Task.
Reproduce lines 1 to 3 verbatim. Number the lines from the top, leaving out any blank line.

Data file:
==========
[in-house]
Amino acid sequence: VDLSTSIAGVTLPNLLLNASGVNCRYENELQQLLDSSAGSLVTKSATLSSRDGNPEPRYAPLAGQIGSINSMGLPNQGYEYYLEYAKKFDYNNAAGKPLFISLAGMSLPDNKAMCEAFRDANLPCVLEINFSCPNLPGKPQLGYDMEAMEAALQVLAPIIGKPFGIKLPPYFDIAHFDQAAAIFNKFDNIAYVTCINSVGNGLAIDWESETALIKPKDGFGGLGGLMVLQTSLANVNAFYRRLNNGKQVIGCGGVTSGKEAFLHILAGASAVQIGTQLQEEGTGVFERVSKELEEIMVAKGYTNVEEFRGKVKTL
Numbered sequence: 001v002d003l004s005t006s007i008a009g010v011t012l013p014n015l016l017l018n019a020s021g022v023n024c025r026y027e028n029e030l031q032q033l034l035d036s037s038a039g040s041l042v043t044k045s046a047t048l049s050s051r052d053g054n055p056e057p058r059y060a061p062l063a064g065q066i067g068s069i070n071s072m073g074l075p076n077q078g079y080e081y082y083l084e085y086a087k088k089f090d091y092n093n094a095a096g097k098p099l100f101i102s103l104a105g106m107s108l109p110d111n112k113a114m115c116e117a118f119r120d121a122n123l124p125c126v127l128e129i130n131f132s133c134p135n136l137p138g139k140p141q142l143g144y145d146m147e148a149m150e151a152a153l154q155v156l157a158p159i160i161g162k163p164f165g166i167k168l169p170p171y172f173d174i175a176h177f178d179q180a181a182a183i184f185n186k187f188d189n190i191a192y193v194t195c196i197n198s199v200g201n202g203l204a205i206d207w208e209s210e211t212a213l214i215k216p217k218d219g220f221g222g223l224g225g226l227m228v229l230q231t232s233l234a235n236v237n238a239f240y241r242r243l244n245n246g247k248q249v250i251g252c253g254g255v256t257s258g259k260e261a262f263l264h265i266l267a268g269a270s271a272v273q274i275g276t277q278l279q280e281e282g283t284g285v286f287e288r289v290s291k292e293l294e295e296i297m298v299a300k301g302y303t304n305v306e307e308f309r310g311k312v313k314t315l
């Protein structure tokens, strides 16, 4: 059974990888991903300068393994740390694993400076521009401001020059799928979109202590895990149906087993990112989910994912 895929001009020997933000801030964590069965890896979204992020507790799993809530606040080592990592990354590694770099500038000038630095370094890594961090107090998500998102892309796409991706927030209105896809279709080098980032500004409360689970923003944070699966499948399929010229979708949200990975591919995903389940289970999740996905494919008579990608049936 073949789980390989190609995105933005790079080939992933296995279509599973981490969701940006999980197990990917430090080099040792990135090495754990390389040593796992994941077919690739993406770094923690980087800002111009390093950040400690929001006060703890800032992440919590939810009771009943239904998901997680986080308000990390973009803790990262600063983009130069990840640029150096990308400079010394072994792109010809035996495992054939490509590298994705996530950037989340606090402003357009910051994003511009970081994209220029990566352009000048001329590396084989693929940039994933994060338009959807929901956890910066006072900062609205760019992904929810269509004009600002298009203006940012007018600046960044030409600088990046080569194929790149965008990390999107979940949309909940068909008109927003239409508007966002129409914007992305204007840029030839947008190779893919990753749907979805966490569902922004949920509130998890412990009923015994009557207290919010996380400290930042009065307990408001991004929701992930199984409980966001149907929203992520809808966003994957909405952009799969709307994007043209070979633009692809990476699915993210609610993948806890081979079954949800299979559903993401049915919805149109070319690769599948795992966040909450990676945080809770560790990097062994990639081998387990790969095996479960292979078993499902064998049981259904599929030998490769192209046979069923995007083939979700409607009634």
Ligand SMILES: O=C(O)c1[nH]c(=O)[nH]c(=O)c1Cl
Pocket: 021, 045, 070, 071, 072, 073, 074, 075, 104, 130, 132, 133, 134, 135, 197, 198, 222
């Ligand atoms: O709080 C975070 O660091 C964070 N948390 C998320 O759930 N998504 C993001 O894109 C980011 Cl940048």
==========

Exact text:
[in-house]
Amino acid sequence: VDLSTSIAGVTLPNLLLNASGVNCRYENELQQLLDSSAGSLVTKSATLSSRDGNPEPRYAPLAGQIGSINSMGLPNQGYEYYLEYAKKFDYNNAAGKPLFISLAGMSLPDNKAMCEAFRDANLPCVLEINFSCPNLPGKPQLGYDMEAMEAALQVLAPIIGKPFGIKLPPYFDIAHFDQAAAIFNKFDNIAYVTCINSVGNGLAIDWESETALIKPKDGFGGLGGLMVLQTSLANVNAFYRRLNNGKQVIGCGGVTSGKEAFLHILAGASAVQIGTQLQEEGTGVFERVSKELEEIMVAKGYTNVEEFRGKVKTL
Numbered sequence: 001v002d003l004s005t006s007i008a009g010v011t012l013p014n015l016l017l018n019a020s021g022v023n024c025r026y027e028n029e030l031q032q033l034l035d036s037s038a039g040s041l042v043t044k045s046a047t048l049s050s051r052d053g054n055p056e057p058r059y060a061p062l063a064g065q066i067g068s069i070n071s072m073g074l075p076n077q078g079y080e081y082y083l084e085y086a087k088k089f090d091y092n093n094a095a096g097k098p099l100f101i102s103l104a105g106m107s108l109p110d111n112k113a114m115c116e117a118f119r120d121a122n123l124p125c126v127l128e129i130n131f132s133c134p135n136l137p138g139k140p141q142l143g144y145d146m147e148a149m150e151a152a153l154q155v156l157a158p159i160i161g162k163p164f165g166i167k168l169p170p171y172f173d174i175a176h177f178d179q180a181a182a183i184f185n186k187f188d189n190i191a192y193v194t195c196i197n198s199v200g201n202g203l204a205i206d207w208e209s210e211t212a213l214i215k216p217k218d219g220f221g222g223l224g225g226l227m228v229l230q231t232s233l234a235n236v237n238a239f240y241r242r243l244n245n246g247k248q249v250i251g252c253g254g255v256t257s258g259k260e261a262f263l264h265i266l267a268g269a270s271a272v273q274i275g276t277q278l279q280e281e282g283t284g285v286f287e288r289v290s291k292e293l294e295e296i297m298v299a300k301g302y303t304n305v306e307e308f309r310g311k312v313k314t315l